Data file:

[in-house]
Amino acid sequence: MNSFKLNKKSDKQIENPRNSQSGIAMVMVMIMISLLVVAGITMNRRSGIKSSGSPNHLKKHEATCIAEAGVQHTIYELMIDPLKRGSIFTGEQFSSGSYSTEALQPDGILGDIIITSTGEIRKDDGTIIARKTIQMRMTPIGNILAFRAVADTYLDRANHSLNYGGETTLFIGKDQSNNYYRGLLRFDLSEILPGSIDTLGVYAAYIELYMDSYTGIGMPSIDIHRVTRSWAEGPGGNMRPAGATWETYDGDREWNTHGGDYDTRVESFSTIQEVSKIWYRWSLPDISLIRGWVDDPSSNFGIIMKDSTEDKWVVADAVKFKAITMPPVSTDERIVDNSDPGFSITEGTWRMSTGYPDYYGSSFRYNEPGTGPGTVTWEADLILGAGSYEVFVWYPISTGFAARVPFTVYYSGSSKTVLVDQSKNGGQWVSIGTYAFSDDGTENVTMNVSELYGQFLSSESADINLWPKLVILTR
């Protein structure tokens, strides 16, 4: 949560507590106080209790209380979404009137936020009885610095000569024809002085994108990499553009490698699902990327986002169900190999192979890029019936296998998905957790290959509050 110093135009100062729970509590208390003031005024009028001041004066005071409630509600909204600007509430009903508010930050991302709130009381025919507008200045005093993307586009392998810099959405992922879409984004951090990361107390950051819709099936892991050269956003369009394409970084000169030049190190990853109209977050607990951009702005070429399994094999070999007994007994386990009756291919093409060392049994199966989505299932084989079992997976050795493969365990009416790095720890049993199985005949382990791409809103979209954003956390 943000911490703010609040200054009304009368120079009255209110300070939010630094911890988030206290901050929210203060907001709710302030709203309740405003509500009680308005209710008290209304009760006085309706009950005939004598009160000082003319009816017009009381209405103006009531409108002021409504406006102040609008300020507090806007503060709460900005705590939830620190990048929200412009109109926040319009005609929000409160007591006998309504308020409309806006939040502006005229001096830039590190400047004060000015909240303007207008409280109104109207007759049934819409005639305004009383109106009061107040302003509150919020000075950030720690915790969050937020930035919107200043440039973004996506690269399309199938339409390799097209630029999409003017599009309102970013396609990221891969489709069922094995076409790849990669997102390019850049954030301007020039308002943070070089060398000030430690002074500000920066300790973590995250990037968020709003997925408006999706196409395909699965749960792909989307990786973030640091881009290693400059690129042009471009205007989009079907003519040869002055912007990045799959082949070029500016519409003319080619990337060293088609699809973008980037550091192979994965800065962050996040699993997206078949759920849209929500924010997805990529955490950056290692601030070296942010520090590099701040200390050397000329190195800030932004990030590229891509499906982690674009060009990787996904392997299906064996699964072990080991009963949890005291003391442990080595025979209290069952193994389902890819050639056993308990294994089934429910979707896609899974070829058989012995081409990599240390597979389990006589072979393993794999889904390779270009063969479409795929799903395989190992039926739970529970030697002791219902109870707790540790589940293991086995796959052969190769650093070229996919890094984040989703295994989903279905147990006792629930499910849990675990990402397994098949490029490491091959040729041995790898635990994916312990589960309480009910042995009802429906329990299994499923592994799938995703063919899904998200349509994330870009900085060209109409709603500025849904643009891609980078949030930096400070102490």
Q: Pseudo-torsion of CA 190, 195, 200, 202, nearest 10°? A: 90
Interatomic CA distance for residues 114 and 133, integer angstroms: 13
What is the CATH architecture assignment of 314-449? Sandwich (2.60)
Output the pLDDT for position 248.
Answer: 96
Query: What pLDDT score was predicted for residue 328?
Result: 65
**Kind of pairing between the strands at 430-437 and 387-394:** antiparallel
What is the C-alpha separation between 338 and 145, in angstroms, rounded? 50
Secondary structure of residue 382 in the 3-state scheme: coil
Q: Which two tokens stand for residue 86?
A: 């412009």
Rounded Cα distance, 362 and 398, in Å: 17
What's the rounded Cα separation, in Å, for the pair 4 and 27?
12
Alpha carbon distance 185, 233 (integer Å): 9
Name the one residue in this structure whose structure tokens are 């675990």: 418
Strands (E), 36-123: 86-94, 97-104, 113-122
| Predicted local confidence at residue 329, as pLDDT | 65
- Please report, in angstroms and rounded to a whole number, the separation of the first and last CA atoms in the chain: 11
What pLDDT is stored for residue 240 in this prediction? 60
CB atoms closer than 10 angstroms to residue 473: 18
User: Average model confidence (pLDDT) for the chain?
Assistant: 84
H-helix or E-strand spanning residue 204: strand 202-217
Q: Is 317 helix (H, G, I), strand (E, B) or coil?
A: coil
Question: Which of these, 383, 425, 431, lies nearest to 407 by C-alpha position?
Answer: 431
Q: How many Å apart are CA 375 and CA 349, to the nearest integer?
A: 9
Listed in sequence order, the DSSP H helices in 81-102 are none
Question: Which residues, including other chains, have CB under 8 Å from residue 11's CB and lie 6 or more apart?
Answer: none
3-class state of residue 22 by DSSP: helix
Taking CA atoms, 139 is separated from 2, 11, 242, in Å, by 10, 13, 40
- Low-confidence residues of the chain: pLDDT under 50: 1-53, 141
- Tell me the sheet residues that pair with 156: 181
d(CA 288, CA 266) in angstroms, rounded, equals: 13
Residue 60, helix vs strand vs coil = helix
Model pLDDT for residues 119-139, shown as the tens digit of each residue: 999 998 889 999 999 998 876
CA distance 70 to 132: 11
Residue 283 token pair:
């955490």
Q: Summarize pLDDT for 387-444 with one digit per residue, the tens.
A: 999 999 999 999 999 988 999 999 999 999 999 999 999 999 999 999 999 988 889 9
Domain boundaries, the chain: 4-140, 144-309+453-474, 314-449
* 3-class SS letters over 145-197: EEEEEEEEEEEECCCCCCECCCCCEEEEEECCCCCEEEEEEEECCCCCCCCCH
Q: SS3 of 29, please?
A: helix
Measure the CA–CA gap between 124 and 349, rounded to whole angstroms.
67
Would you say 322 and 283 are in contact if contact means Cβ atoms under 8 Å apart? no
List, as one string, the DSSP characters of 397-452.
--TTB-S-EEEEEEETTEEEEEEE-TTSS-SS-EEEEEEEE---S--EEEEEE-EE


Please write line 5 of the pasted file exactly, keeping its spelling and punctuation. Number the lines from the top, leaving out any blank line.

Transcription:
Interatomic CA distance for residues 114 and 133, integer angstroms: 13